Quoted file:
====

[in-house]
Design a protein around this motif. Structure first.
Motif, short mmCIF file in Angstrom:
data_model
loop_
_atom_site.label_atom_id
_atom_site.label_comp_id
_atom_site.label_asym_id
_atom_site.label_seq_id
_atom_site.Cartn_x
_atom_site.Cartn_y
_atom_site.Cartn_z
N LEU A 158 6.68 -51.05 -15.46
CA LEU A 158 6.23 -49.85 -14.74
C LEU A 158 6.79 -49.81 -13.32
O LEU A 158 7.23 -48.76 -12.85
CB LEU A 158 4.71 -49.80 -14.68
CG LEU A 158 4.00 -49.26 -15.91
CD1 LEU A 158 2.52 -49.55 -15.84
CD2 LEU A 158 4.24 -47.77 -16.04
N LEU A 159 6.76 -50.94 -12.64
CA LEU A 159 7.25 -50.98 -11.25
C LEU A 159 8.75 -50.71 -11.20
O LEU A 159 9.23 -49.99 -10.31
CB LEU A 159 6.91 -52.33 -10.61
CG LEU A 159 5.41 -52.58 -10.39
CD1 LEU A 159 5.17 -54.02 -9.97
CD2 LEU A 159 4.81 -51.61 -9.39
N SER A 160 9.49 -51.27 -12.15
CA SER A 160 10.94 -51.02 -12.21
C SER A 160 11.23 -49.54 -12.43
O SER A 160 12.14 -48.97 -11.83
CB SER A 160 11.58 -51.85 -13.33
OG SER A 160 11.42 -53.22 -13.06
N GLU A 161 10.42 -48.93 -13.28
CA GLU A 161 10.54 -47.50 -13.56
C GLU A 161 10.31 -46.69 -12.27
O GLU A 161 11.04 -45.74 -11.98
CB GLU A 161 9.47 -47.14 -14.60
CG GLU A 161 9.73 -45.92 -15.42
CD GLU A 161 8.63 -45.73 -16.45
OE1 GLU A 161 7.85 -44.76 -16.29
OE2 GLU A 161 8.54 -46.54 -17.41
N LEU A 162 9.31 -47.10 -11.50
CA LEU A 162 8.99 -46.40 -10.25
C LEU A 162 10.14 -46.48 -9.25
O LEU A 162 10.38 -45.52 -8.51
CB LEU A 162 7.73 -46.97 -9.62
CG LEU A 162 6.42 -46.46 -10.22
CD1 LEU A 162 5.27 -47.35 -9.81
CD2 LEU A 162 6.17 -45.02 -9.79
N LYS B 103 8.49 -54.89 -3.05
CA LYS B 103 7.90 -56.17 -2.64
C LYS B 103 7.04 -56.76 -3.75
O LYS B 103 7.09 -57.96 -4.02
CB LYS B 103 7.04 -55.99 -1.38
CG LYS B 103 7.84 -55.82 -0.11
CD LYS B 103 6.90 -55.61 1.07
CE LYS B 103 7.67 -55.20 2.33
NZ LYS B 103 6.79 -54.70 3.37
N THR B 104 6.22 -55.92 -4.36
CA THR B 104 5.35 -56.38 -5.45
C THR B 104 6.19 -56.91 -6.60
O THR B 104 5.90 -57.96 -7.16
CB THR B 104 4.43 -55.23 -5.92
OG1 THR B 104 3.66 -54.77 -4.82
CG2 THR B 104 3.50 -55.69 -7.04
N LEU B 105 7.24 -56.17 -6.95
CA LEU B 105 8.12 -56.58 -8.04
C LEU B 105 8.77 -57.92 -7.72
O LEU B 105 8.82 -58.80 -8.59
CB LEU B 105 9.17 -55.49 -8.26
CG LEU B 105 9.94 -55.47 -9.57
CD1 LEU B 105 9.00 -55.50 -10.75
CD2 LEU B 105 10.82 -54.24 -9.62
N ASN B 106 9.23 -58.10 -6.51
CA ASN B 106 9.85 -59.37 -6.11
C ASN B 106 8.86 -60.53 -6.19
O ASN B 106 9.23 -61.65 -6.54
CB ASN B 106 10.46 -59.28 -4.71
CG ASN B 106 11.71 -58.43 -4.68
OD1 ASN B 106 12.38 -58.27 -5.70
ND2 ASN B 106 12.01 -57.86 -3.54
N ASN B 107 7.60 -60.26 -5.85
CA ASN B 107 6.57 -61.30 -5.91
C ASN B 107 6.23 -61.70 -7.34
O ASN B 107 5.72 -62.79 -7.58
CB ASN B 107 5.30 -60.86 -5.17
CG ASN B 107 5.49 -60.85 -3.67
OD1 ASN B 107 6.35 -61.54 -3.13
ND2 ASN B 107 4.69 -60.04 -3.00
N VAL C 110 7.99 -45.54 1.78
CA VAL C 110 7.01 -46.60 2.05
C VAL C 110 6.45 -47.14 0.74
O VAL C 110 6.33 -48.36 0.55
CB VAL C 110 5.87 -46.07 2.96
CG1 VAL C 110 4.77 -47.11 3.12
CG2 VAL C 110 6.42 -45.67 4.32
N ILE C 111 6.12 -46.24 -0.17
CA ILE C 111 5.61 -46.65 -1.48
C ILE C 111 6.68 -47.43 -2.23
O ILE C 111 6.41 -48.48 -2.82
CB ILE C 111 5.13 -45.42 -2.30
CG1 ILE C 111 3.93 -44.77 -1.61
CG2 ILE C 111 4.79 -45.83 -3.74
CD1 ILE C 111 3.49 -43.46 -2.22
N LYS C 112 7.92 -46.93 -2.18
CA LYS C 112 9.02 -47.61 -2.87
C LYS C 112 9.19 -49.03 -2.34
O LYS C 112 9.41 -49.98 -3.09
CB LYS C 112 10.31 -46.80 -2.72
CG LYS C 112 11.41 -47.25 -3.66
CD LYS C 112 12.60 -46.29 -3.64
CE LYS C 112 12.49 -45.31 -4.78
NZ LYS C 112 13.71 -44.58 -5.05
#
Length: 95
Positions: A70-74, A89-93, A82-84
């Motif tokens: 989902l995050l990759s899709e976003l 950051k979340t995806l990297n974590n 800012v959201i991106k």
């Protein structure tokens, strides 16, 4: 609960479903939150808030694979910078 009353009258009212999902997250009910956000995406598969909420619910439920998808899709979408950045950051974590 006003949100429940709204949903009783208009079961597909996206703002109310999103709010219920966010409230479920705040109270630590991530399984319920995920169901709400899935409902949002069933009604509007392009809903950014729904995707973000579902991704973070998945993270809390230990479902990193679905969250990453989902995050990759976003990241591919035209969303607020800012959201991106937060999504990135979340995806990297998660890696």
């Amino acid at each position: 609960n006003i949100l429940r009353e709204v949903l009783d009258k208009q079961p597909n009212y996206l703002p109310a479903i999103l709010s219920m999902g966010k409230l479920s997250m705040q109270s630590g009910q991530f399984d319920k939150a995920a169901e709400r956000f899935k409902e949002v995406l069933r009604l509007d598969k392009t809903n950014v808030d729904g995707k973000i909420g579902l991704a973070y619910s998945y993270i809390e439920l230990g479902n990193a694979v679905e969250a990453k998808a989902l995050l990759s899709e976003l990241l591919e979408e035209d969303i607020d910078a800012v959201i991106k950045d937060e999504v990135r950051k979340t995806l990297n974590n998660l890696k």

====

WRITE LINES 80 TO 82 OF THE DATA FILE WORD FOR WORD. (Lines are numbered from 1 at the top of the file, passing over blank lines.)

CB ASN B 106 10.46 -59.28 -4.71
CG ASN B 106 11.71 -58.43 -4.68
OD1 ASN B 106 12.38 -58.27 -5.70